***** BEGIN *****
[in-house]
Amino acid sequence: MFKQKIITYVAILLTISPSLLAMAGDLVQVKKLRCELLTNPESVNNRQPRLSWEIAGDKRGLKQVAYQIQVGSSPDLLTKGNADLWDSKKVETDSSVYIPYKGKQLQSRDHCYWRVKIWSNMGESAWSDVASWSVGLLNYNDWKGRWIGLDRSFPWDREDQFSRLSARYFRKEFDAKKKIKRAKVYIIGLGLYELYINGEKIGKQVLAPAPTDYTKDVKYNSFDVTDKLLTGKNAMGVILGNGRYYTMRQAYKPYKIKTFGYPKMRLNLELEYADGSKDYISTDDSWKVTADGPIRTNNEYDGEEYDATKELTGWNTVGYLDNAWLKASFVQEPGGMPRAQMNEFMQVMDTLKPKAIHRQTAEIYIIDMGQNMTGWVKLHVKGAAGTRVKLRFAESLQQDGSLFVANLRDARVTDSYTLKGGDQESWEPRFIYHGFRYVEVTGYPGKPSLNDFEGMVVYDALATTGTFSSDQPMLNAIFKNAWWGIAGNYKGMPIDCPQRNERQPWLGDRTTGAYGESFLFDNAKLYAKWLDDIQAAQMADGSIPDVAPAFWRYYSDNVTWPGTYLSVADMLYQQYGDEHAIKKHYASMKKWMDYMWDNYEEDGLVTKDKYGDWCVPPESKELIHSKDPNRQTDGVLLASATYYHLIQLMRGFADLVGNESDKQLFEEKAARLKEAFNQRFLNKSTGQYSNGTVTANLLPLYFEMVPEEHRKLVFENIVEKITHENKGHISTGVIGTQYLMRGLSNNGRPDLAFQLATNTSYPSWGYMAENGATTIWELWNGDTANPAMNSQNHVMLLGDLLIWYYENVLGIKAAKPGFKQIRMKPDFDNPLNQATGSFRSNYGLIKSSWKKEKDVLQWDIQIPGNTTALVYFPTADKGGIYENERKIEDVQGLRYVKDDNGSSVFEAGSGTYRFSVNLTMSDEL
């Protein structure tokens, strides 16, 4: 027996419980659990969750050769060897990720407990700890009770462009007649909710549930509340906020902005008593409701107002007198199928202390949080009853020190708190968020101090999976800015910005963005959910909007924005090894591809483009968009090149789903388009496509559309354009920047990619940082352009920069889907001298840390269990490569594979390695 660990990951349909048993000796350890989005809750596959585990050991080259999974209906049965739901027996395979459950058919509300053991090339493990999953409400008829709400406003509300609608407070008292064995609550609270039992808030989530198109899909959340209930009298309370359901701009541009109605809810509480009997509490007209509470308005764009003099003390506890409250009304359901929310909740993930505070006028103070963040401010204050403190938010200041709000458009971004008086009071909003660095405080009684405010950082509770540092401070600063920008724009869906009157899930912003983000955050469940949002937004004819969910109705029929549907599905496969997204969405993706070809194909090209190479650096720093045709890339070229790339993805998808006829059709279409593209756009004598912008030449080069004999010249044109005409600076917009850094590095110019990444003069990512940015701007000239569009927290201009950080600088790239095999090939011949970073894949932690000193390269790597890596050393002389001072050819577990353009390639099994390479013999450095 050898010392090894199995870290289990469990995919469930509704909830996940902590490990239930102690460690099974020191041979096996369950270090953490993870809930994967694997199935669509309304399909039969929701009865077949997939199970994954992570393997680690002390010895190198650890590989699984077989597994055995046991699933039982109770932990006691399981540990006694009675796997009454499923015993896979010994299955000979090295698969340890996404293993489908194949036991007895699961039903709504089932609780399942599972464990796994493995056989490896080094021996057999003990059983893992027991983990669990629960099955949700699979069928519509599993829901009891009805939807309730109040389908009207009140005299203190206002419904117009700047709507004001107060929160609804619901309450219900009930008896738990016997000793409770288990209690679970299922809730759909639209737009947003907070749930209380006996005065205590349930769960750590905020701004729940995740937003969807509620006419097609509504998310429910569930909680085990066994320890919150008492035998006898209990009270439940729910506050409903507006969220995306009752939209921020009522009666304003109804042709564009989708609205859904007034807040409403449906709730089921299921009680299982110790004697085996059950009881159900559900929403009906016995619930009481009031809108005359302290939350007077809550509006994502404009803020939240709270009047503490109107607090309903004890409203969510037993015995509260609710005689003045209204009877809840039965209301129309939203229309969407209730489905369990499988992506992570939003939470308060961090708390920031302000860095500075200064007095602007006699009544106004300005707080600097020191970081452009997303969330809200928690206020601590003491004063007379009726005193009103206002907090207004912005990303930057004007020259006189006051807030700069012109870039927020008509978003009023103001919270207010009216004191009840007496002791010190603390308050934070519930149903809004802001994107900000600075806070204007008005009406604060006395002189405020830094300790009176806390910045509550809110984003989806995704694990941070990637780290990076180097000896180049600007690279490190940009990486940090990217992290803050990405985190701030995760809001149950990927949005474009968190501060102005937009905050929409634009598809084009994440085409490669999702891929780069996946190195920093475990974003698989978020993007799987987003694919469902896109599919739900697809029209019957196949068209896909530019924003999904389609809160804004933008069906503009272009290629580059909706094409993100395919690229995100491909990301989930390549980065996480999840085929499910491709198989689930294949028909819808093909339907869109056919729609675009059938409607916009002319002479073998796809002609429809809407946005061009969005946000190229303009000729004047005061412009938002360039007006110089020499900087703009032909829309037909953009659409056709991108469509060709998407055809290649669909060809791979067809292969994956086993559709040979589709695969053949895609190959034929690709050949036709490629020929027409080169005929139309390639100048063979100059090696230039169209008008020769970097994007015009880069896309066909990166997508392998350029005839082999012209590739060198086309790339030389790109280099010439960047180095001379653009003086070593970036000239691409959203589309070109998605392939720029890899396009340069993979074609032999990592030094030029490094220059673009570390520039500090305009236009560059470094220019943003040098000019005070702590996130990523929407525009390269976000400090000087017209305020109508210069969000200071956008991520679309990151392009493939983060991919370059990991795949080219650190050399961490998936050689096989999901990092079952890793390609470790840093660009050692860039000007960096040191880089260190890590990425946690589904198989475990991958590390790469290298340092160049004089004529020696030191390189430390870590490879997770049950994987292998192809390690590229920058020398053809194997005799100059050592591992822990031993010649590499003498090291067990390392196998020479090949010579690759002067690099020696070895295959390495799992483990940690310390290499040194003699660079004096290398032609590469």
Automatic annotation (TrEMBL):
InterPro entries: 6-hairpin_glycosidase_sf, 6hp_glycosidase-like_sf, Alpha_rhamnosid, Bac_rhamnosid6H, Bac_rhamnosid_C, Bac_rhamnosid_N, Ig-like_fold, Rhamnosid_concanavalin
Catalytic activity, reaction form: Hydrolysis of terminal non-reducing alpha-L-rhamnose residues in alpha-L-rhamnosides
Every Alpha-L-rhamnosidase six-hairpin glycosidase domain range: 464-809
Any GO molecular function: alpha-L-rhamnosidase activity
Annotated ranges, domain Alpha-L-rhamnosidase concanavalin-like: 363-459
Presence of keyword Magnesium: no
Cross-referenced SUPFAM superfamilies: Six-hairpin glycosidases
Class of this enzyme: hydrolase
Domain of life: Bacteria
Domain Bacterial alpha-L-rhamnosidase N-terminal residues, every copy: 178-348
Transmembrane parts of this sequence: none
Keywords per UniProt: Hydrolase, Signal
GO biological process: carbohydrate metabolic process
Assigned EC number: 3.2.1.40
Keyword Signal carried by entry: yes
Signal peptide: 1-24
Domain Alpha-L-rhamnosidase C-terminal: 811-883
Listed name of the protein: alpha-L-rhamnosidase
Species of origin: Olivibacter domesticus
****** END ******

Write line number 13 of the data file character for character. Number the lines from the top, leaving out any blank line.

Domain of life: Bacteria